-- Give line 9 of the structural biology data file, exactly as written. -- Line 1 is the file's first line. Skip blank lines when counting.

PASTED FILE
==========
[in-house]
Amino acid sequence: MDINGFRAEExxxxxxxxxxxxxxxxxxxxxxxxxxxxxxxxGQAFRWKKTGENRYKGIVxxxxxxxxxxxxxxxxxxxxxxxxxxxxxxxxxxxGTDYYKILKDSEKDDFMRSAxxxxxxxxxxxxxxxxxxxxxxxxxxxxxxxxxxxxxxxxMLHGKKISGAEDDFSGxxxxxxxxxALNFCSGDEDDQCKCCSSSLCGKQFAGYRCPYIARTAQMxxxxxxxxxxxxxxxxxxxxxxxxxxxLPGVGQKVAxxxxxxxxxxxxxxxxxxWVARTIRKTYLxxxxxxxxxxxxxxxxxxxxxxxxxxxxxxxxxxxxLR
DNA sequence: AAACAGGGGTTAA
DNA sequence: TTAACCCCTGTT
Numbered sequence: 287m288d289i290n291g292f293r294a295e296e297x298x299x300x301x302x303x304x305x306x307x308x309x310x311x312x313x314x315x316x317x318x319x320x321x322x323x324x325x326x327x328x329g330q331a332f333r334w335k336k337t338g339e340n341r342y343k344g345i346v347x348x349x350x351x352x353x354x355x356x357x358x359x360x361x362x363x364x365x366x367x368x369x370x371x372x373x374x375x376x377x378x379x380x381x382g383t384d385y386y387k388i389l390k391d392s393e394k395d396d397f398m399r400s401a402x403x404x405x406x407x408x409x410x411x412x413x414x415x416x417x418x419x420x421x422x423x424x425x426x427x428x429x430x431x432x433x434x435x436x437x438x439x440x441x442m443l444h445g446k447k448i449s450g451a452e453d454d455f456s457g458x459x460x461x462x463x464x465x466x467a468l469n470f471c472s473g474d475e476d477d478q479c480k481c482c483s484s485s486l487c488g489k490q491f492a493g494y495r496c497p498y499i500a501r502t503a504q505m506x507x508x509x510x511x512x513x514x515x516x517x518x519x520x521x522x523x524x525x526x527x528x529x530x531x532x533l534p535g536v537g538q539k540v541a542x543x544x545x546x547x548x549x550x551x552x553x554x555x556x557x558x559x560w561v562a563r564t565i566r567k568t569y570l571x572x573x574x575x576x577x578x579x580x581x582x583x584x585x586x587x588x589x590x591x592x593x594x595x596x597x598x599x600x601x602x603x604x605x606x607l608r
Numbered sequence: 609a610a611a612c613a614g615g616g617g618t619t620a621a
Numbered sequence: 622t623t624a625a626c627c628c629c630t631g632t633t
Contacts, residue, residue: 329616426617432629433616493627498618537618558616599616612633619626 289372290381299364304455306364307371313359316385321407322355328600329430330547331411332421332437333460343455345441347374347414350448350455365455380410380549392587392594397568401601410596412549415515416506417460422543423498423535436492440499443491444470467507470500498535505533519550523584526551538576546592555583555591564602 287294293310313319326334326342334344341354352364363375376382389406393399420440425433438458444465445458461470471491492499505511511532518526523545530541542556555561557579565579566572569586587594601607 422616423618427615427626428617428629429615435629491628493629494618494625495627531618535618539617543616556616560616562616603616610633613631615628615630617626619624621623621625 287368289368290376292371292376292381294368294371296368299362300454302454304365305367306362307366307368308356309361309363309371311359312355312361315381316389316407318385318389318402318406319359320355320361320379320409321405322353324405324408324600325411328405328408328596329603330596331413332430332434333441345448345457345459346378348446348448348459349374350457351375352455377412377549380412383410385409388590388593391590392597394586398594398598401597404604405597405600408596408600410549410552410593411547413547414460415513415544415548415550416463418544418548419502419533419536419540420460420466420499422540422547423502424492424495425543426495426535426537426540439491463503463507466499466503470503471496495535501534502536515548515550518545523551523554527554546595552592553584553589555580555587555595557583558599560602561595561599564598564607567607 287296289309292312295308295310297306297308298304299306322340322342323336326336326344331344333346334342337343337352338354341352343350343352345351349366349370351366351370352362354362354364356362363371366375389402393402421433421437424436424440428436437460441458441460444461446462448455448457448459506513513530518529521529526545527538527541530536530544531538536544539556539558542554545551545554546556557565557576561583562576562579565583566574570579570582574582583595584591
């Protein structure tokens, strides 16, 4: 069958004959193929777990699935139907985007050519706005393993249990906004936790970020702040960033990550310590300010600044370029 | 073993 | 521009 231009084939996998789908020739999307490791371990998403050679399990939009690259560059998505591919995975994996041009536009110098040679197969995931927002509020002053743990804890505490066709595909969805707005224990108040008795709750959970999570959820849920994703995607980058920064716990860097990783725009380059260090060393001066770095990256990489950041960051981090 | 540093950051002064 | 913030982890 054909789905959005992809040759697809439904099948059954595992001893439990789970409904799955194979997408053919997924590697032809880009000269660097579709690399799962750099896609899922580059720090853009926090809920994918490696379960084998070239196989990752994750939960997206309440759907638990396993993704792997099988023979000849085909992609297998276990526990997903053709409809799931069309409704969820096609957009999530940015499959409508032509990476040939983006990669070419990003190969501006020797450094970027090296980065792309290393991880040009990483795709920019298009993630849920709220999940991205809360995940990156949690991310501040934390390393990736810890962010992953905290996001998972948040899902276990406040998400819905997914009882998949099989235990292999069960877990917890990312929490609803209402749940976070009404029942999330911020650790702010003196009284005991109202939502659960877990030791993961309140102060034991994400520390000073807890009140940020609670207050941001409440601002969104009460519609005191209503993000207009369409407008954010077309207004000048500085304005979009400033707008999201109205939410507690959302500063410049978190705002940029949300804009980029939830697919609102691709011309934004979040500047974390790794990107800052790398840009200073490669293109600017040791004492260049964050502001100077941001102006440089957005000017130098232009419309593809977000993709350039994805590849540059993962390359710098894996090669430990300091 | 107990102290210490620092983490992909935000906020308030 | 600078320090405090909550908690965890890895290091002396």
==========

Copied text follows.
């Protein structure tokens, strides 16, 4: 069958004959193929777990699935139907985007050519706005393993249990906004936790970020702040960033990550310590300010600044370029 | 073993 | 521009 231009084939996998789908020739999307490791371990998403050679399990939009690259560059998505591919995975994996041009536009110098040679197969995931927002509020002053743990804890505490066709595909969805707005224990108040008795709750959970999570959820849920994703995607980058920064716990860097990783725009380059260090060393001066770095990256990489950041960051981090 | 540093950051002064 | 913030982890 054909789905959005992809040759697809439904099948059954595992001893439990789970409904799955194979997408053919997924590697032809880009000269660097579709690399799962750099896609899922580059720090853009926090809920994918490696379960084998070239196989990752994750939960997206309440759907638990396993993704792997099988023979000849085909992609297998276990526990997903053709409809799931069309409704969820096609957009999530940015499959409508032509990476040939983006990669070419990003190969501006020797450094970027090296980065792309290393991880040009990483795709920019298009993630849920709220999940991205809360995940990156949690991310501040934390390393990736810890962010992953905290996001998972948040899902276990406040998400819905997914009882998949099989235990292999069960877990917890990312929490609803209402749940976070009404029942999330911020650790702010003196009284005991109202939502659960877990030791993961309140102060034991994400520390000073807890009140940020609670207050941001409440601002969104009460519609005191209503993000207009369409407008954010077309207004000048500085304005979009400033707008999201109205939410507690959302500063410049978190705002940029949300804009980029939830697919609102691709011309934004979040500047974390790794990107800052790398840009200073490669293109600017040791004492260049964050502001100077941001102006440089957005000017130098232009419309593809977000993709350039994805590849540059993962390359710098894996090669430990300091 | 107990102290210490620092983490992909935000906020308030 | 600078320090405090909550908690965890890895290091002396």